It resembled one of those historical palatial bungalows we flipped past in our school history textbooks. It had everything right from early masonry blood-red brick walls to vintage steeples that were crumbling away at some sections of the large pre-Victorian building, with long winding dark corridors leading to the semi-detached toilets! It was a must visit!

Farah herself had been there only thrice, and the last time she’s been there was more than 10 years ago.

During the journey from Mumbai to Udvada, Farah couldn’t stop talking about the great times she used to have there with her uncles and cousins when she was a kid, and how the beach was just a few hundred metres away. She assured us that the place was still secluded and undisturbed by civilization!

After driving for nearly 4 hours, we reached Udvada. We refueled and bought groceries. I didn’t know Gujarati so I had to communicate using sign language. From the historical town we proceeded towards the mansion. Finally, we reached a towering rusty old iron gate that creaked loudly as one of the servants dragged it open. The servants were informed a week in advance about our weekend plans and they had prepared everything for us, right from clean bed sheets and mosquito nets to bottles of mineral water. Farah’s uncle had suggested that we use well-water like they had done when they were our age. We decided otherwise.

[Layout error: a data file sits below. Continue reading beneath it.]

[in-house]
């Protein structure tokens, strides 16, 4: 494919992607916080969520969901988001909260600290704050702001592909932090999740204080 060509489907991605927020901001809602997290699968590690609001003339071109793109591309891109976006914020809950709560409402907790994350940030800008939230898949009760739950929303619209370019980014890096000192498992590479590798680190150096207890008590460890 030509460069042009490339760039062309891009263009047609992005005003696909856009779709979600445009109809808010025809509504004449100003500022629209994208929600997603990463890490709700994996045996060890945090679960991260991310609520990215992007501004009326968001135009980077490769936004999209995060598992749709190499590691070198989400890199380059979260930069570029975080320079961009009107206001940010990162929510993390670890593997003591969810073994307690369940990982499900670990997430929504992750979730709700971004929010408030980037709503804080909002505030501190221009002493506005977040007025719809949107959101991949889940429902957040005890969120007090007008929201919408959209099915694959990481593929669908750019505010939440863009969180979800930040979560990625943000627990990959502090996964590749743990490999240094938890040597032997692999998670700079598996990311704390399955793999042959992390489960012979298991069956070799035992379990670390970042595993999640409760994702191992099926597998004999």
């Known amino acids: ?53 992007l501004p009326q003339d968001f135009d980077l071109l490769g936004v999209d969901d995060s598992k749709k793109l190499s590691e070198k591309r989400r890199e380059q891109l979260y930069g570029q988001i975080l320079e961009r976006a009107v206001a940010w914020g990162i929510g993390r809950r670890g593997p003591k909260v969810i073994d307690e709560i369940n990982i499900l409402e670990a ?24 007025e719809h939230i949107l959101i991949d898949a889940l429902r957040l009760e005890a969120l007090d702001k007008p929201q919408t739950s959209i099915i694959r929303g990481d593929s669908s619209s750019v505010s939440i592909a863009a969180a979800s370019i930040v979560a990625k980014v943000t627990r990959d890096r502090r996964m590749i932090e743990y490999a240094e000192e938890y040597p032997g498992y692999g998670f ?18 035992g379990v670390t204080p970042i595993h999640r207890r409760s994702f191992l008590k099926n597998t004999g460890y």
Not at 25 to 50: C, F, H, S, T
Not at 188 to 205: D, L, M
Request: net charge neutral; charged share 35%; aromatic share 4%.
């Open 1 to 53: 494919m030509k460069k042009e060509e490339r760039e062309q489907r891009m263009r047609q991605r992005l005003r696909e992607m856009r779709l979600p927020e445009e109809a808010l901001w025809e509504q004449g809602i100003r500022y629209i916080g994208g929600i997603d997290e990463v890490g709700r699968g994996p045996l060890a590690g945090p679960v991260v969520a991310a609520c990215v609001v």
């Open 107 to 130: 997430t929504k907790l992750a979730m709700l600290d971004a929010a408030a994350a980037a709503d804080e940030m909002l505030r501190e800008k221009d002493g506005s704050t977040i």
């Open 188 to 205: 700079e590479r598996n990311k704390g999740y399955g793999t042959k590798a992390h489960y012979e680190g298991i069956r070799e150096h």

After freshening up and exploring the place for almost two whole hours, we finally relaxed in the large salon. We still couldn’t stop admiring the awe-inspiring architecture and medieval wooden furniture that looked as if they survived the Protestant Reformation era.

"Looks haunted!" Shaan suddenly exclaimed and grinned.

"Yeah, like those B-grade slasher movies, you know… where a couple of weekend backpackers suddenly started disappearing one by one in the middle of the night…" Paul joined in.

"Shut uppppp!" All the women cried in unison.

"Comon Farah," I pried. "I’m sure this mansion must have its own fair share of… unexplained stories to tell!"

"Well…" Farah hesitated.

Pooja and Teresa immediately got up to leave but we held them down amidst their cry and protest. Farah smiled and then suddenly became serious again.

"Well, there had been none of those luminescent spirit sightings and weird noises in the middle of the night…"